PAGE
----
A public school district's worst revenge: Involved parents

DALLAS—Teachers, be careful what you ask for. You might get a rebellion.

As Americans demand more from their often low-performing public schools, educators pass the buck to the home front, insisting that improving student performance requires increasing parental involvement.

Some parents have taken that request seriously. In some places, parental involvement has led to parental insurrection.

Consider what happened in 1996 at the Ninth Street Elementary School in downtown Los Angeles. About 50 Latino parents, including many Spanish-speaking immigrants who were sold on the virtues of learning English, had grown frustrated with their inability to pull their children from bilingual classes that they believed were causing the kids to fall behind academically. They were equally fed up with the insulting manner in which their concerns were dismissed by administrators.

So, the parents grabbed picket signs and organized a boycott that kept their kids out of school for almost two weeks.

A rebellion of a different sort took shape recently at a middle school in the ritzy suburb of Scarsdale, N.Y. Parents there are up in arms about the trend toward so-called high-stakes testing, where student performance on exams can determine everything from whether students get to graduate to whether teachers get pay raises. The parents worried about New York state’s policy of testing students in the 4th, 8th and 12th grades. They feared that officials were simply teaching to the test and that their kids were stressing out from the pressure.

About a dozen Scarsdale moms decided to act. They grabbed their cell phones and organized a boycott on test day that kept their kids out of school for almost two hours–the time allotted for the school to test its 290 8th graders. The rebels weren’t half-bad, managing to keep two-thirds of the kids out of school. Later, the mothers triumphantly held a news conference to declare victory over a cruel system that pelts fragile adolescents with the slings and arrows of multiple-choice questions.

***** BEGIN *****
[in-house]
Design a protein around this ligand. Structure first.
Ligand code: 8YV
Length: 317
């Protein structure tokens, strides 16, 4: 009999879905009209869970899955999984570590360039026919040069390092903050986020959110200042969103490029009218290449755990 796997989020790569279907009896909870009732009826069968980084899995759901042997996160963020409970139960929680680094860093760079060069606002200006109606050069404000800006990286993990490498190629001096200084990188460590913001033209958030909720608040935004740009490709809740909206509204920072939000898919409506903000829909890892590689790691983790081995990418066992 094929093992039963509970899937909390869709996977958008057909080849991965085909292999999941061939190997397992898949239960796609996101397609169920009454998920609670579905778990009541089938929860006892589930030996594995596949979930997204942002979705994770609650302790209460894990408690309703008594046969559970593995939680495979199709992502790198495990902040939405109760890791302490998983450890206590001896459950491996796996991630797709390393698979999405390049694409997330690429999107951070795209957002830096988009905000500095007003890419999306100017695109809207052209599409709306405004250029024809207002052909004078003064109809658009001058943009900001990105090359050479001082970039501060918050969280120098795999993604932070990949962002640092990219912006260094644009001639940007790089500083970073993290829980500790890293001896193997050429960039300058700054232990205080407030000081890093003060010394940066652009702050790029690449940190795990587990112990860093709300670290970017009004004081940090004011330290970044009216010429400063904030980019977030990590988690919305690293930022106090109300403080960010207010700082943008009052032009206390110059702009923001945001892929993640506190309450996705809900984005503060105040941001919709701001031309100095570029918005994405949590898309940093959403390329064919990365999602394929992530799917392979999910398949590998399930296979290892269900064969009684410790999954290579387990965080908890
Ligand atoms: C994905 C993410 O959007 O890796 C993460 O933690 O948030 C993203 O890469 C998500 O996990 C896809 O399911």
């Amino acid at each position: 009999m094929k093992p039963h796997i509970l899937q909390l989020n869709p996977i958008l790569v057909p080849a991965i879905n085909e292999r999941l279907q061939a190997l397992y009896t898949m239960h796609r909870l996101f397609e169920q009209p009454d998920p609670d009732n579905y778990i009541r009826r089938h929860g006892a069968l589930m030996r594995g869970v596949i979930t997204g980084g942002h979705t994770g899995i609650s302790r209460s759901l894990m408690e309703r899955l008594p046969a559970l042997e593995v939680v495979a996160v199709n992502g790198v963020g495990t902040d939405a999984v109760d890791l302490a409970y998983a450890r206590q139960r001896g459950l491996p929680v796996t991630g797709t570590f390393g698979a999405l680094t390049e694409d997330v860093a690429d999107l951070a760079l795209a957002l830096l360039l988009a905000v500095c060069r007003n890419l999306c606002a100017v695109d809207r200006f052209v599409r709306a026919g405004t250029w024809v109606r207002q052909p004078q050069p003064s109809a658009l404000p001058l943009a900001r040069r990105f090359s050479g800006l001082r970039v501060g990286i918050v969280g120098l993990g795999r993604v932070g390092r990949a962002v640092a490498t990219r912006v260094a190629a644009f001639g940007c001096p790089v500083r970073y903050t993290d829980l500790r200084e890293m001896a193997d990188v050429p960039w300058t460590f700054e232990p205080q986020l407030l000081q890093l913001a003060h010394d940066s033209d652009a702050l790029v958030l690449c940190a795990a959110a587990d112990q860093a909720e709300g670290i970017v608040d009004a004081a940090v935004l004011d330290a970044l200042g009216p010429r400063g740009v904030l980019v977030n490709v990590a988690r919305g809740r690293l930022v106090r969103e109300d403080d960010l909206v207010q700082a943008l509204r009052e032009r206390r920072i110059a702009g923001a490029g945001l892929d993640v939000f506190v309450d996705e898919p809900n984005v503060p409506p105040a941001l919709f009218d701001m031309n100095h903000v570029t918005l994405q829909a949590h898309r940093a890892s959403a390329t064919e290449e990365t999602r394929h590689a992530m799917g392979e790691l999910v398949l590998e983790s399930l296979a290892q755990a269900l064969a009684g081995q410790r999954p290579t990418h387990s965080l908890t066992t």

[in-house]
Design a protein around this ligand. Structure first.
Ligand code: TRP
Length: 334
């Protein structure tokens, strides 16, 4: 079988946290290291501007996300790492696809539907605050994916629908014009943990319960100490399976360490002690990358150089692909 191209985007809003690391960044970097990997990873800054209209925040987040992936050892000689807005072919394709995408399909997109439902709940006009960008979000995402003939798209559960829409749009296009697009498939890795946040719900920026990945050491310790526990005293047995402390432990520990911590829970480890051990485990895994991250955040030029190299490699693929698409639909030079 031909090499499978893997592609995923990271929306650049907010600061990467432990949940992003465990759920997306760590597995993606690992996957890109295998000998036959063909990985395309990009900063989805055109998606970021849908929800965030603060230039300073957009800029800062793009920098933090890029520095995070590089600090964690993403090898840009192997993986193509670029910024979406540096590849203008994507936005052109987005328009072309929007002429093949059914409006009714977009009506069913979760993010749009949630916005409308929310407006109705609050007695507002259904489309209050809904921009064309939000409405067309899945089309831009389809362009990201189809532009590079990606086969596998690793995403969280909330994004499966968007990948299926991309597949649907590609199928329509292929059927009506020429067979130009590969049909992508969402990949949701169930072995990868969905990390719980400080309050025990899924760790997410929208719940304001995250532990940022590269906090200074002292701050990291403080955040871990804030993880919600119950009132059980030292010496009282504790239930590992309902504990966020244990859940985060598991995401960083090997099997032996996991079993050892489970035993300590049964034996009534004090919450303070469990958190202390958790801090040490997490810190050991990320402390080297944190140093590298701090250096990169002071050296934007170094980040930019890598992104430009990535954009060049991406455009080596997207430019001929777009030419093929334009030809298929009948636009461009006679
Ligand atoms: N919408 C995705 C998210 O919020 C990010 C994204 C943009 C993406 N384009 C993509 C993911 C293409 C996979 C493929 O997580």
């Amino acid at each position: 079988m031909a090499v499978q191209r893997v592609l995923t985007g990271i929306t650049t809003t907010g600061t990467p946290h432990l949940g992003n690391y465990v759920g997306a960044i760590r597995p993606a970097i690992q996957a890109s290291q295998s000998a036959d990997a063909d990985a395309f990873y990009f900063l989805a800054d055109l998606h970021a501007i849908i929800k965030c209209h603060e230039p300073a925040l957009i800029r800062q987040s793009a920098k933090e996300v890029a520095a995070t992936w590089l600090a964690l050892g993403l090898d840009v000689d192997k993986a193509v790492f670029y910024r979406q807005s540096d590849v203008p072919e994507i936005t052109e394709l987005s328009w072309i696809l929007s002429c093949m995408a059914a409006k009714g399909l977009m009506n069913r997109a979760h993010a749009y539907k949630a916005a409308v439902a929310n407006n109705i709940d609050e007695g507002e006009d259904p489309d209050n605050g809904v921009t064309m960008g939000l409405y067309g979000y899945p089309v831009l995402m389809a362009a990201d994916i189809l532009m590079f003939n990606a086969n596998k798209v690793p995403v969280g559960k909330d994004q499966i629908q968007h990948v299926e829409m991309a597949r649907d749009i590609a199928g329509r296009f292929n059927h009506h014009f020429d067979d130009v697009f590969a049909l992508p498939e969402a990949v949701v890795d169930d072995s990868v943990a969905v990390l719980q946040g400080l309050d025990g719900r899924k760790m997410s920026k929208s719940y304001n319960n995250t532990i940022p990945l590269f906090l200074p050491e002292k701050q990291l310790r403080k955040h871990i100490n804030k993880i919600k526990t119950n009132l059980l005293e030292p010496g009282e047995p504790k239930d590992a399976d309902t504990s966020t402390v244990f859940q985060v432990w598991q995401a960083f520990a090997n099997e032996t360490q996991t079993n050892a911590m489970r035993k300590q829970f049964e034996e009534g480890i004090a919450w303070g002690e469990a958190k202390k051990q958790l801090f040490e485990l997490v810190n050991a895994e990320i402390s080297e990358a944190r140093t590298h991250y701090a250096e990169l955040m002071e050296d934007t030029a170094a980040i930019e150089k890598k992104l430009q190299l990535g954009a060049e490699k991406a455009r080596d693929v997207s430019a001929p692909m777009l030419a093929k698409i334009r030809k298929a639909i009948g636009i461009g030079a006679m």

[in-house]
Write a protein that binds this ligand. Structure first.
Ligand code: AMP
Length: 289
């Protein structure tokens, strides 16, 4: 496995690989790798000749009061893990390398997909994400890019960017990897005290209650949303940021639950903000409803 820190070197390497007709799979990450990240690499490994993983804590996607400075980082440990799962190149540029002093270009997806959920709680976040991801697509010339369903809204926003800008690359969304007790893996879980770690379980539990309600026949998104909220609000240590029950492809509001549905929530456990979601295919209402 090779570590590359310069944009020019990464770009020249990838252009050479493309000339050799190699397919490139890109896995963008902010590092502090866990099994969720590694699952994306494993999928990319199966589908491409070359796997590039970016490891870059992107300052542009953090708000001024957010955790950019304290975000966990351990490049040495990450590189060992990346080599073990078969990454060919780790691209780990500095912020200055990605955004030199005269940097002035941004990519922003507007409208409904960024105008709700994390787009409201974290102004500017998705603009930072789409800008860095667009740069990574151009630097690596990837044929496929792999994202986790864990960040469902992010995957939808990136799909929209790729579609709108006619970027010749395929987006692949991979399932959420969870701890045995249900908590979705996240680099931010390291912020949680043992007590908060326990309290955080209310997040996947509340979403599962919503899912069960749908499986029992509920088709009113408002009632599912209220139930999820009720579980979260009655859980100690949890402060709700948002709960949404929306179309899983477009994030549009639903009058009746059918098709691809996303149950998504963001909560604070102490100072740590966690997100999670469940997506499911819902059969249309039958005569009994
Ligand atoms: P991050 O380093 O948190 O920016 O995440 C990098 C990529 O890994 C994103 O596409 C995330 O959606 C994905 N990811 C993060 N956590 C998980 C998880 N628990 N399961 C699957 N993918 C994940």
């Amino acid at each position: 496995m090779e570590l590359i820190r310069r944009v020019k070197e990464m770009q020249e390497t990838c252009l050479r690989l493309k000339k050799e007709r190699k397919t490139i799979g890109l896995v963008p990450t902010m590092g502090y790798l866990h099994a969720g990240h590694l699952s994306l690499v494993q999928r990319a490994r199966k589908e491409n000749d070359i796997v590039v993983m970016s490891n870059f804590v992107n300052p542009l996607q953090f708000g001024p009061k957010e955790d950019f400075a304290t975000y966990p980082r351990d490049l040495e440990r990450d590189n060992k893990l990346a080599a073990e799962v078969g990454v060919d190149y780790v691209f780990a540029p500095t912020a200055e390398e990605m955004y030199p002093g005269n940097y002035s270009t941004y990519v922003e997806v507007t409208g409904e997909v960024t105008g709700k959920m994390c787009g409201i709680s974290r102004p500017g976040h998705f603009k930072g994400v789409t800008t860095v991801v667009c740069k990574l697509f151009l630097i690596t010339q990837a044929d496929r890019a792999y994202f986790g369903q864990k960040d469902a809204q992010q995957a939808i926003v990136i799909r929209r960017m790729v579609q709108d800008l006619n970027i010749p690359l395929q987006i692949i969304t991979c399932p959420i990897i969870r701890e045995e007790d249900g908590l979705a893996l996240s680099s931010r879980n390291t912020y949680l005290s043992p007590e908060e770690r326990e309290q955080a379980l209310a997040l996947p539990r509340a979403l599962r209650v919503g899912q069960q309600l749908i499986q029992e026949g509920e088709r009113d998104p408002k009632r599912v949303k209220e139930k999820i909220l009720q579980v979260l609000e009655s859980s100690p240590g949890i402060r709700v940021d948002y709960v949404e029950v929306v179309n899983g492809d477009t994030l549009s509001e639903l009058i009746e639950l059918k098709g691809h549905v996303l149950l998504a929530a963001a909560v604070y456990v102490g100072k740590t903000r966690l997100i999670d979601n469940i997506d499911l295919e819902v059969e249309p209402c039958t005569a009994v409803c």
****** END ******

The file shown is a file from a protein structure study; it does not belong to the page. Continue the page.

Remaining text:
And to what end? Among the stated goals of the testing regimen now in place in New York is determining whether students are on track to graduate.

That tells me that those Latino immigrant parents back in Los Angeles live in a different world than the Scarsdale parents.

Five years after the Ninth Street Elementary School rebellion, Latino immigrant kids in school districts around the country are still largely roped into bilingual classes where they languish for as long as six or seven years with little expected from them academically. Their parents should be so lucky to put up with clipboard-carrying administrators who enforce standards, demand achievement and ensure that students are provided the tools to graduate.

The Scarsdale moms resorted to a boycott to convey their feeling that the tests demanded too much from their kids; the immigrant parents at Ninth Street staged theirs for a different reason–out of a concern that their schools were, by avoiding teaching their children English, demanding too little.

And what are we to make of the fact that Scarsdale school officials, including the superintendent, may have encouraged the test boycott by informing parents that they too were leery of tests? The officials even refused to punish those students who abstained from the state-mandated exams.

Meanwhile, the Ninth Street parents did not get off so easy, treated as they were with contempt by school officials who have become addicted to bilingual education funding. Yet protests like this one have fueled support for movements in several states to eliminate bilingual education.

The Scarsdale officials may have had it right. Schools should continue to encourage parents to become involved, and support them when they do. Boycotts and protests are harmless. The real threat to education is not from the rebels but from those parents who don’t care enough to kick up a fuss.


Ruben Navarrette Jr. is a syndicated columnist based in Dallas. E-mail: [email protected]

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